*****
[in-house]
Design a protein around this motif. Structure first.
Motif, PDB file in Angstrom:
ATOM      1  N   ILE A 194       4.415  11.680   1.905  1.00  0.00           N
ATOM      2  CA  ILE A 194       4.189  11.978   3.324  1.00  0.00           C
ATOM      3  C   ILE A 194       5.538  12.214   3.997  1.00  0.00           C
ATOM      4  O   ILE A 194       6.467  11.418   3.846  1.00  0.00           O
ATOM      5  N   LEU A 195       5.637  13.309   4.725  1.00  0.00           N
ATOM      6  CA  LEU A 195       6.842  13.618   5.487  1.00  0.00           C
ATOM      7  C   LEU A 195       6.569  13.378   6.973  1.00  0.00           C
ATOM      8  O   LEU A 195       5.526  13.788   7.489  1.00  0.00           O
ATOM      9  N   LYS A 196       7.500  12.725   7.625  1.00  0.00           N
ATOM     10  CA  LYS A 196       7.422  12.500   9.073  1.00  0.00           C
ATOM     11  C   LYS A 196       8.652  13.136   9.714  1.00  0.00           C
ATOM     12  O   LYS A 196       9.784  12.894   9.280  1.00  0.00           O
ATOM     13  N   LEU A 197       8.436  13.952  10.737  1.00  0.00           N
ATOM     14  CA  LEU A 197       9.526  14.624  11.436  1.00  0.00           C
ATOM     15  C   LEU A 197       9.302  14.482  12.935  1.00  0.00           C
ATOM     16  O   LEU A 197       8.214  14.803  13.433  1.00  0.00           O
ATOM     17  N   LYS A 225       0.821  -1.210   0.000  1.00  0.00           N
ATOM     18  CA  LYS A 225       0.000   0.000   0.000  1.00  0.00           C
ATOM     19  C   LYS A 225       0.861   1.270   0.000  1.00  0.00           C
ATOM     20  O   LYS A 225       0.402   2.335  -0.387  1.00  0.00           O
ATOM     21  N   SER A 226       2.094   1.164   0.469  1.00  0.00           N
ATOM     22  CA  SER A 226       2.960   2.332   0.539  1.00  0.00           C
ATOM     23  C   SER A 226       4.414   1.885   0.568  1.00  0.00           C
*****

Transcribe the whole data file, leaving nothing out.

[in-house]
Design a protein around this motif. Structure first.
Motif, PDB file in Angstrom:
ATOM      1  N   ILE A 194       4.415  11.680   1.905  1.00  0.00           N
ATOM      2  CA  ILE A 194       4.189  11.978   3.324  1.00  0.00           C
ATOM      3  C   ILE A 194       5.538  12.214   3.997  1.00  0.00           C
ATOM      4  O   ILE A 194       6.467  11.418   3.846  1.00  0.00           O
ATOM      5  N   LEU A 195       5.637  13.309   4.725  1.00  0.00           N
ATOM      6  CA  LEU A 195       6.842  13.618   5.487  1.00  0.00           C
ATOM      7  C   LEU A 195       6.569  13.378   6.973  1.00  0.00           C
ATOM      8  O   LEU A 195       5.526  13.788   7.489  1.00  0.00           O
ATOM      9  N   LYS A 196       7.500  12.725   7.625  1.00  0.00           N
ATOM     10  CA  LYS A 196       7.422  12.500   9.073  1.00  0.00           C
ATOM     11  C   LYS A 196       8.652  13.136   9.714  1.00  0.00           C
ATOM     12  O   LYS A 196       9.784  12.894   9.280  1.00  0.00           O
ATOM     13  N   LEU A 197       8.436  13.952  10.737  1.00  0.00           N
ATOM     14  CA  LEU A 197       9.526  14.624  11.436  1.00  0.00           C
ATOM     15  C   LEU A 197       9.302  14.482  12.935  1.00  0.00           C
ATOM     16  O   LEU A 197       8.214  14.803  13.433  1.00  0.00           O
ATOM     17  N   LYS A 225       0.821  -1.210   0.000  1.00  0.00           N
ATOM     18  CA  LYS A 225       0.000   0.000   0.000  1.00  0.00           C
ATOM     19  C   LYS A 225       0.861   1.270   0.000  1.00  0.00           C
ATOM     20  O   LYS A 225       0.402   2.335  -0.387  1.00  0.00           O
ATOM     21  N   SER A 226       2.094   1.164   0.469  1.00  0.00           N
ATOM     22  CA  SER A 226       2.960   2.332   0.539  1.00  0.00           C
ATOM     23  C   SER A 226       4.414   1.885   0.568  1.00  0.00           C